Mentoring Without a Plan
As someone who has mentored others for 35+ years, I can tell you that I, as a mentor to dozens and dozens of ISD professionals, prefer to have the goals of mentoring articulated.
And I can tell you, based on my experiences, that most Mentees, do not want to articulate a goal-set, and then a plan, with a schedule.
I have had Mentees that either came ready to articulate a goal-set, and then plan a plan with a schedule – or they came in the door – so to speak – with all of that written down and ready to share with me as a first draft. Those relationships worked better – from my perspective. And for the Mentee as well, I believe.
Mentoring is sometimes real work. And yes, sometimes it is more relaxed.
Mentors like a sense of accomplishment. Closing Gaps, Performing Tasks, Creating Outputs – all to Customers’ and Other Stakeholders’ Satisfaction. Sometimes they don’t get a sense of accomplishment until the very end – or they never get it.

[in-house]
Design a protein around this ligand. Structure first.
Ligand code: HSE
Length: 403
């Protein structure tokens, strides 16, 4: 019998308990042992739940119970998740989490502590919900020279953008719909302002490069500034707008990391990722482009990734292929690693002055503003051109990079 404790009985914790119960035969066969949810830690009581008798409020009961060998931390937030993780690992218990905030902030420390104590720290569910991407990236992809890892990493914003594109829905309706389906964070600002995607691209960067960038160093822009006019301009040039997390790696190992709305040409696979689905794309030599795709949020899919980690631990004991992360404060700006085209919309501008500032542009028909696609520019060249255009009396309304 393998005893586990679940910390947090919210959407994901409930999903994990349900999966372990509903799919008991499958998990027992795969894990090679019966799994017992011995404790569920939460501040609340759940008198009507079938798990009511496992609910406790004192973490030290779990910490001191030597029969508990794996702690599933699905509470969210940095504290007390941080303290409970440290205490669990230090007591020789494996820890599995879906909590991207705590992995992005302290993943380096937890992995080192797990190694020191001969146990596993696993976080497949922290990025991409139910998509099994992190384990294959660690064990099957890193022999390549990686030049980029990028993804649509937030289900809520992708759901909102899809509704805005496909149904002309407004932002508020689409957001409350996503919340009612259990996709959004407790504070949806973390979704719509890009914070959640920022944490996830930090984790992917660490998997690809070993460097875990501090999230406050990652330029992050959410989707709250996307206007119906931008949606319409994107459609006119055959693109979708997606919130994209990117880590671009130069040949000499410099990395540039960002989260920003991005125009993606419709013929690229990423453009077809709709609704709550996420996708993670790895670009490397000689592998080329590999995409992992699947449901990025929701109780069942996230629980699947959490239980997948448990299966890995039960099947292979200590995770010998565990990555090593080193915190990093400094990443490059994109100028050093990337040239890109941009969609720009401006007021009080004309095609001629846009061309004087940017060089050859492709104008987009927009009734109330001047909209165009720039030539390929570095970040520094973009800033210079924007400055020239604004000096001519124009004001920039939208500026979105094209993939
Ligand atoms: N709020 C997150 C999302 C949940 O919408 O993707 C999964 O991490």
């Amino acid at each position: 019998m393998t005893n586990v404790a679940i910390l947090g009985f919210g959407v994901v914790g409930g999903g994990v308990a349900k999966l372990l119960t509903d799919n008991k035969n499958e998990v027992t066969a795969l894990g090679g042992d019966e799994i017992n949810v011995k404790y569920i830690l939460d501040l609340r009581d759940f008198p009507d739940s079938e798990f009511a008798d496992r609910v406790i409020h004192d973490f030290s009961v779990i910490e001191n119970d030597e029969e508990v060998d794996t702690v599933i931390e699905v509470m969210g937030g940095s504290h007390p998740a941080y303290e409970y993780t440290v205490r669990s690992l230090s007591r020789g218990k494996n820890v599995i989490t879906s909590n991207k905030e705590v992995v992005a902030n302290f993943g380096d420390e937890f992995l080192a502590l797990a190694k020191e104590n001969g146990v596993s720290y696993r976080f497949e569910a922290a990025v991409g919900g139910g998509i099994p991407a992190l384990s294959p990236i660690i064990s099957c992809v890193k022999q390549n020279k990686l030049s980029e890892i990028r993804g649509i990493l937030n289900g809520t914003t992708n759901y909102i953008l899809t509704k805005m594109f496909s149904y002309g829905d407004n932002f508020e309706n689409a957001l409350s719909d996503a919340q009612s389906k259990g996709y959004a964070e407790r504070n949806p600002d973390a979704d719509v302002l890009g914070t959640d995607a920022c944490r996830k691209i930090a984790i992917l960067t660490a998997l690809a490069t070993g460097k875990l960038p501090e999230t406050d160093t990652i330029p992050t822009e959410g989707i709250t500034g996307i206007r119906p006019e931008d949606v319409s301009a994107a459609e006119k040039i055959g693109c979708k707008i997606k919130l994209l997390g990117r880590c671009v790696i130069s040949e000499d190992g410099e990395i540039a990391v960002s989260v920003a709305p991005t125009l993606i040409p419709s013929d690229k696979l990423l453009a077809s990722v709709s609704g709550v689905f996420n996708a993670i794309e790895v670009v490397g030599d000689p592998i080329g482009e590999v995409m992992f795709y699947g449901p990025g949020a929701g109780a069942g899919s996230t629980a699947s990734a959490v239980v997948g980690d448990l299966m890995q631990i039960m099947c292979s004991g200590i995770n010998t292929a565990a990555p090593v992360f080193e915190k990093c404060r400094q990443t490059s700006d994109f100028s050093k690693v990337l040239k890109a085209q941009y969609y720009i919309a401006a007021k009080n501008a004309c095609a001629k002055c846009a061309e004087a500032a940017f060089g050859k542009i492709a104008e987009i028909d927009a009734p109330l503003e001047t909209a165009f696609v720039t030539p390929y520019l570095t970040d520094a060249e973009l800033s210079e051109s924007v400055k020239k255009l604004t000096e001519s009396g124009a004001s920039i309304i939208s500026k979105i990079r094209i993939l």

So I appreciate that sometimes planning is appropriate at the start – and sometimes it is not. Sometimes the mentee hasn’t quite figured out exactly what they want help with – yet they know they want help of some sort.
But I’ve always been fond of this quote, that I learned in some training project in the early 1980s…
“Having No Plan Is A Plan – Just Not A Very Good Plan”
But, that’s just me.
Even if you can’t create a plan on Day 1, at some point it might be a good time to articulate and document a Goal Oriented Plan of Action.
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